Let’s discuss your multi-amp setup.
That’s probably the biggest game-changer of all. When I did Watercolors, the studio in Oslo had a Lexicon Digital Delay. I used it on one track, although it’s almost inaudible, but I noted that the company was based in Boston. When I got back, I called them and said, “I’ve never been happy with the way a guitar and amp work together.” They invited me to their factory, and they were developing the Prime Time, which allowed two different delay taps. I plugged it in, and it didn’t sound that good to me. I asked, “Is there any reason we couldn’t put this through several amps?” They said, “We’ve never tried that, but why not?” So in addition to the amp they had there, I brought in two more amps and put them on opposite sides of the room. Because whenever I’d hear sax players or piano players, it always seemed like the sound was coming from everywhere, but the guitar was coming out of this box. I’d tried having other speaker cabinets, but it wasn’t the thing. And as soon as I tried it, I was like, “That’s it!”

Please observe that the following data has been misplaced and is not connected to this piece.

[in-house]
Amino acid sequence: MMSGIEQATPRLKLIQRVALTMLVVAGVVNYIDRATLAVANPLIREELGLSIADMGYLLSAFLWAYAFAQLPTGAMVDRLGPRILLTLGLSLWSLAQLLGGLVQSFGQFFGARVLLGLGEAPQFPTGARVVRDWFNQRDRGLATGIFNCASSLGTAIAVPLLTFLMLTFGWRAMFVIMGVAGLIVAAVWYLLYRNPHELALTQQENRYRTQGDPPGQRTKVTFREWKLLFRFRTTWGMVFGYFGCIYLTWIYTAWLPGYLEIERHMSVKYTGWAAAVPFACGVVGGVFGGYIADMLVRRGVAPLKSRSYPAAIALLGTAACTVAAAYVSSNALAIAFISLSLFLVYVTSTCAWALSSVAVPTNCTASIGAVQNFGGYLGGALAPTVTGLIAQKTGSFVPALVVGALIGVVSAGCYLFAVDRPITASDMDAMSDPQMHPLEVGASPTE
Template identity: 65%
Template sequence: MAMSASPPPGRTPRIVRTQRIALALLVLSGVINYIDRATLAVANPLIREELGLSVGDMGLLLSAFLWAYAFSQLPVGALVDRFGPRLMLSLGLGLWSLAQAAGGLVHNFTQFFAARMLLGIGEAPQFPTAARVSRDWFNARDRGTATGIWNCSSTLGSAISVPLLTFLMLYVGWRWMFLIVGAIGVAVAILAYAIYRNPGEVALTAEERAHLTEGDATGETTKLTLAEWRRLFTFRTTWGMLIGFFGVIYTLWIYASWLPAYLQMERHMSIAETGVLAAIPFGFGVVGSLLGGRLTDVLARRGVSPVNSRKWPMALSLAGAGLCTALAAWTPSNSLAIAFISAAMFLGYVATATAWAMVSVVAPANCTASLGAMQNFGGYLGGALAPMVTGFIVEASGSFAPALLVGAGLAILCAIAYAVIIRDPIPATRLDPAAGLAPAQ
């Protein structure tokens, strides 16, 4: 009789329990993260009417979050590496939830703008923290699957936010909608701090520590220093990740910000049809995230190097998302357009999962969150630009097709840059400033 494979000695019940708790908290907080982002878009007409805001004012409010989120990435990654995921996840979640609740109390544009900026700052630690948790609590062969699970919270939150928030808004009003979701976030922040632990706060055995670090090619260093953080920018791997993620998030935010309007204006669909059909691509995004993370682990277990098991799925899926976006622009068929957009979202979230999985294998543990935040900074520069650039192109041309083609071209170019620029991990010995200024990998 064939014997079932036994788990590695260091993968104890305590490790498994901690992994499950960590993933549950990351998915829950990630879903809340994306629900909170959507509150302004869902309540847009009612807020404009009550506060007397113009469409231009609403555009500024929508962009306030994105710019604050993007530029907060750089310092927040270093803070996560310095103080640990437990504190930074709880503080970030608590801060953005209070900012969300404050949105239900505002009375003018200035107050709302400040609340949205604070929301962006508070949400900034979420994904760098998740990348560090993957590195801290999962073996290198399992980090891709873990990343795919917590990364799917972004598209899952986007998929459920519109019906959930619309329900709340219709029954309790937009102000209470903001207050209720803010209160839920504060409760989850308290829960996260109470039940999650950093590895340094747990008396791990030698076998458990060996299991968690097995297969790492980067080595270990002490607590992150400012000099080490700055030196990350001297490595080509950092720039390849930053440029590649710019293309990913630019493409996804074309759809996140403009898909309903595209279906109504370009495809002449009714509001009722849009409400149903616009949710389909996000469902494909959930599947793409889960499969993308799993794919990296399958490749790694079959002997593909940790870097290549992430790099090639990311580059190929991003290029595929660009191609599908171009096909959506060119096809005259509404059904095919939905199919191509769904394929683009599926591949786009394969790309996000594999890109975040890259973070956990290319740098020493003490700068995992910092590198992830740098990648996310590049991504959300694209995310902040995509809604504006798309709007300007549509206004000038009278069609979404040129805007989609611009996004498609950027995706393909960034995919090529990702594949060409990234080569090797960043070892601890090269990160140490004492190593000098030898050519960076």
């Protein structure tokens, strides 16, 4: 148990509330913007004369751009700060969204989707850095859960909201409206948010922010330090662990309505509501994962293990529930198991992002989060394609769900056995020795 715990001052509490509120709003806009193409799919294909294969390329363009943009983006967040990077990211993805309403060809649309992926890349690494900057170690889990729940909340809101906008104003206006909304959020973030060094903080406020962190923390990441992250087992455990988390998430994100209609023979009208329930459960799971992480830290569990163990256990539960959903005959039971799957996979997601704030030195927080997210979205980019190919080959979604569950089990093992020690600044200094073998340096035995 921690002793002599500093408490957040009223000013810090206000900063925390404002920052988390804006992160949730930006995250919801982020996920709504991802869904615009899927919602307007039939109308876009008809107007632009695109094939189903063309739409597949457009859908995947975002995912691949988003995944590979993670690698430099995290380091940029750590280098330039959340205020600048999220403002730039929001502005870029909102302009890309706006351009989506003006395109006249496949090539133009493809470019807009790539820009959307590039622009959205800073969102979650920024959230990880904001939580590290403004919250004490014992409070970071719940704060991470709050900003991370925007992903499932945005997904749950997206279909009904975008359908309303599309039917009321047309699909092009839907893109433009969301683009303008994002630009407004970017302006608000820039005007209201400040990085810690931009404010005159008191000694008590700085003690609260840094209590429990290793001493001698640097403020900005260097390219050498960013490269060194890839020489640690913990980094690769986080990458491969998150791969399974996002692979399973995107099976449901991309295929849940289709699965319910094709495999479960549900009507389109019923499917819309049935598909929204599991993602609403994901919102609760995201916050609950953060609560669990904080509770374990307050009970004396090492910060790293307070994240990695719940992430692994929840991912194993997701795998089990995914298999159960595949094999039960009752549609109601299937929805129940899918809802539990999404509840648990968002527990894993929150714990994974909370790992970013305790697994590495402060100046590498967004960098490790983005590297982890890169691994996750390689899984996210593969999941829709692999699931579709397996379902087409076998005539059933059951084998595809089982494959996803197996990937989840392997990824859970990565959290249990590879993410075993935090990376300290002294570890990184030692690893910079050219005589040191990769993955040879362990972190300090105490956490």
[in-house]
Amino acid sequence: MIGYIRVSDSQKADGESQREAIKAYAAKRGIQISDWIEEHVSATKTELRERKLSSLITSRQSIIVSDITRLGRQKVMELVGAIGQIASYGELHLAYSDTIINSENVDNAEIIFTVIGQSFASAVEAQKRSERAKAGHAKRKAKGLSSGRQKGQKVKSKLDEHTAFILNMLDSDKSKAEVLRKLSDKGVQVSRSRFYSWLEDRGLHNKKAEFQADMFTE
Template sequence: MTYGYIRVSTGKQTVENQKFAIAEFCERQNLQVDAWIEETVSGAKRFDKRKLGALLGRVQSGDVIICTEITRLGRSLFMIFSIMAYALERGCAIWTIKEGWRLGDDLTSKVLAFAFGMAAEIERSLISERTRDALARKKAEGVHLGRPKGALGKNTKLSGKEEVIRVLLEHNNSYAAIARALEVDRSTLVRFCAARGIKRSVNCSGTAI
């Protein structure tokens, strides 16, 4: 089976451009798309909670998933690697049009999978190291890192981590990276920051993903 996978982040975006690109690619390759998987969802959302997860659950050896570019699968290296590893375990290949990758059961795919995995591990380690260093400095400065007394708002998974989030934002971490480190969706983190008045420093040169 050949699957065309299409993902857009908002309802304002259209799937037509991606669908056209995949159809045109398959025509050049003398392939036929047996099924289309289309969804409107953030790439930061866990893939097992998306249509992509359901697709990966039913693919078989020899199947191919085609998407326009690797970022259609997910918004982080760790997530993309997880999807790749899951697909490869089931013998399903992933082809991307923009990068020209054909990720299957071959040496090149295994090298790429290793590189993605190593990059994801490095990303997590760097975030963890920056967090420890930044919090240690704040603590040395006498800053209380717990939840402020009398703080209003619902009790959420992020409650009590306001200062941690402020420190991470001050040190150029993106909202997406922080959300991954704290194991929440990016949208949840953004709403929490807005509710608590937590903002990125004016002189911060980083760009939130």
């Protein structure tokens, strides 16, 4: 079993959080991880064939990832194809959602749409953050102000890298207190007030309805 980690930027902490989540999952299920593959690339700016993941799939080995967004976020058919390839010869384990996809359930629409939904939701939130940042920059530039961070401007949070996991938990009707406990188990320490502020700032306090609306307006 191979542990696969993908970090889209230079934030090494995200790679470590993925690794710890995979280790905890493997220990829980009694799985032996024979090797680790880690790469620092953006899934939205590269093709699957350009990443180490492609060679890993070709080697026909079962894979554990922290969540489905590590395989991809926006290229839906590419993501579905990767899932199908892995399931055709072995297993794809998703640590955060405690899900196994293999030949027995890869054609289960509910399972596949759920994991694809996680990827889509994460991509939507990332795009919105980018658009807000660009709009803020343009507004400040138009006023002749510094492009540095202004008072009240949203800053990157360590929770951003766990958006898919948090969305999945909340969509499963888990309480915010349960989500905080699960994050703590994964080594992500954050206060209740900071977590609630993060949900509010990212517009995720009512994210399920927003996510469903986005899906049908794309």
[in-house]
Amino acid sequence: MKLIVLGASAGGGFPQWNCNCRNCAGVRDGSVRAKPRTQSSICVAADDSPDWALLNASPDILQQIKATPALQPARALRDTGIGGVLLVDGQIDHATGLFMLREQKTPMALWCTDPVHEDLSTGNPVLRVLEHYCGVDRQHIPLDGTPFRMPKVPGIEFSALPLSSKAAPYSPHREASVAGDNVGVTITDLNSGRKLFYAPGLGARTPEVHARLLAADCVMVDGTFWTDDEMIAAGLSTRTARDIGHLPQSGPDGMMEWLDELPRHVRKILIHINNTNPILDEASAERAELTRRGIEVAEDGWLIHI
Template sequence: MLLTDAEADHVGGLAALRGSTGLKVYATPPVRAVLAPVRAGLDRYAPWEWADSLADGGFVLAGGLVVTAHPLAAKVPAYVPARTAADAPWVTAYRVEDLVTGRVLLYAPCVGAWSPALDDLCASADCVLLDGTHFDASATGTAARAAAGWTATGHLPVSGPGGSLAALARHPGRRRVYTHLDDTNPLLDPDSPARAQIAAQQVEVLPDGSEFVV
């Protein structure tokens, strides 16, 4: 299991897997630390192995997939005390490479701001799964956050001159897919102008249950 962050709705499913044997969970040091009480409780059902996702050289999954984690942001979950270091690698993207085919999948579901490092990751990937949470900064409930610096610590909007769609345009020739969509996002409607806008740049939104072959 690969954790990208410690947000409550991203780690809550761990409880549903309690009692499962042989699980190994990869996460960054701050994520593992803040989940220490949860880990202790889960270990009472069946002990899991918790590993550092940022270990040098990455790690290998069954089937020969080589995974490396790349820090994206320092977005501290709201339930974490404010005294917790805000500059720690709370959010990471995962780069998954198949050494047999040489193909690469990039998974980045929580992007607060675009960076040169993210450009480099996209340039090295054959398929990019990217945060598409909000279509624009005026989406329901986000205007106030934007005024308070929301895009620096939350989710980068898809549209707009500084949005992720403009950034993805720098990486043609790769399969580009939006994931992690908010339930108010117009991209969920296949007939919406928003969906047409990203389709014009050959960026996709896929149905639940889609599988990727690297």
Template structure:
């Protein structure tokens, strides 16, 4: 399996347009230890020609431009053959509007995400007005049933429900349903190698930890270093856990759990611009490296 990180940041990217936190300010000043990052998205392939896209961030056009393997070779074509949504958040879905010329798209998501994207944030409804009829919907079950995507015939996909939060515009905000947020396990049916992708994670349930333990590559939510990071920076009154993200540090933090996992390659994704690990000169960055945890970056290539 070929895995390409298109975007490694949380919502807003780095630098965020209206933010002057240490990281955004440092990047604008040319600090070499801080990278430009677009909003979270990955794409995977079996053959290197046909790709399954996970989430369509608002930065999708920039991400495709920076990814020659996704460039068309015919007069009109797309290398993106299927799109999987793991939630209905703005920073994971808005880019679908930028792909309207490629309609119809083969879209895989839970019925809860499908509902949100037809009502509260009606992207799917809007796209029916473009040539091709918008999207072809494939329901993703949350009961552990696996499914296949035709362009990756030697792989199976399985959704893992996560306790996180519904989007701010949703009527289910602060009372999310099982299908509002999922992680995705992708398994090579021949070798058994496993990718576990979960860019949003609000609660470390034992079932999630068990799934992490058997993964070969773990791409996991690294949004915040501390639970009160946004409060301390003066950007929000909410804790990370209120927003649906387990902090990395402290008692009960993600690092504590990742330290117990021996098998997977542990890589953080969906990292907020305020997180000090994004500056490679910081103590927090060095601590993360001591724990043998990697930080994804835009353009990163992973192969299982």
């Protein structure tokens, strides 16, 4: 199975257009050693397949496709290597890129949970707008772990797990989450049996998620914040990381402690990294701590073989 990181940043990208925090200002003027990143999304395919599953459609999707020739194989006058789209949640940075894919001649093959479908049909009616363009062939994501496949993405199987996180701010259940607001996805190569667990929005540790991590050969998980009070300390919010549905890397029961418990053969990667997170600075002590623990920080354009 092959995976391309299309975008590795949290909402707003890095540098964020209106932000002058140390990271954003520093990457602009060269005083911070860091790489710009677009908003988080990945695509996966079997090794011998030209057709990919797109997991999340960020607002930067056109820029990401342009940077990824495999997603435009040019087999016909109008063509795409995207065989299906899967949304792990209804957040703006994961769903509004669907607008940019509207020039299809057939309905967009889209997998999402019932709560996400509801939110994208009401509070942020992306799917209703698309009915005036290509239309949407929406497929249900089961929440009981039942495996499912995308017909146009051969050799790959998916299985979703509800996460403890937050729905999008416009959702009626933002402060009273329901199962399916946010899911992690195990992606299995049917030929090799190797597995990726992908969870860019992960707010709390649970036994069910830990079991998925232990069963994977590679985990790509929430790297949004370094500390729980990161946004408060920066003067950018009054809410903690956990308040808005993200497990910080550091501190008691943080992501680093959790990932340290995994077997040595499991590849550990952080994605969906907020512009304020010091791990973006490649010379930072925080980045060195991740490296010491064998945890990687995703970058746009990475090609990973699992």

That began this thing of having three amps on stage with slightly different sounds and delays, which I still do now. You don’t have to play that loud to get a really full sound.
When I showed up with that rig on a gig, people’s jaws dropped. Nobody had ever heard that kind of a sound in jazz. Now, no one would bat an eye, but back then it was a radically different sound. It wasn’t until the late ’80s that I saw anybody else use more than one amp onstage – because, “Well, that’s Metheny’s thing.” Now, everybody does that. I’d have to say it was a pretty significant change in what jazz guitar could sound like.
I think a lot of people think of that as chorusing, which is actually a sound I can’t stand. This is a very different thing. It all happens in the air, and it’s a bit hard to get it in stereo, because it’s something that goes beyond stereo. You have to have three sources for it to do what it does.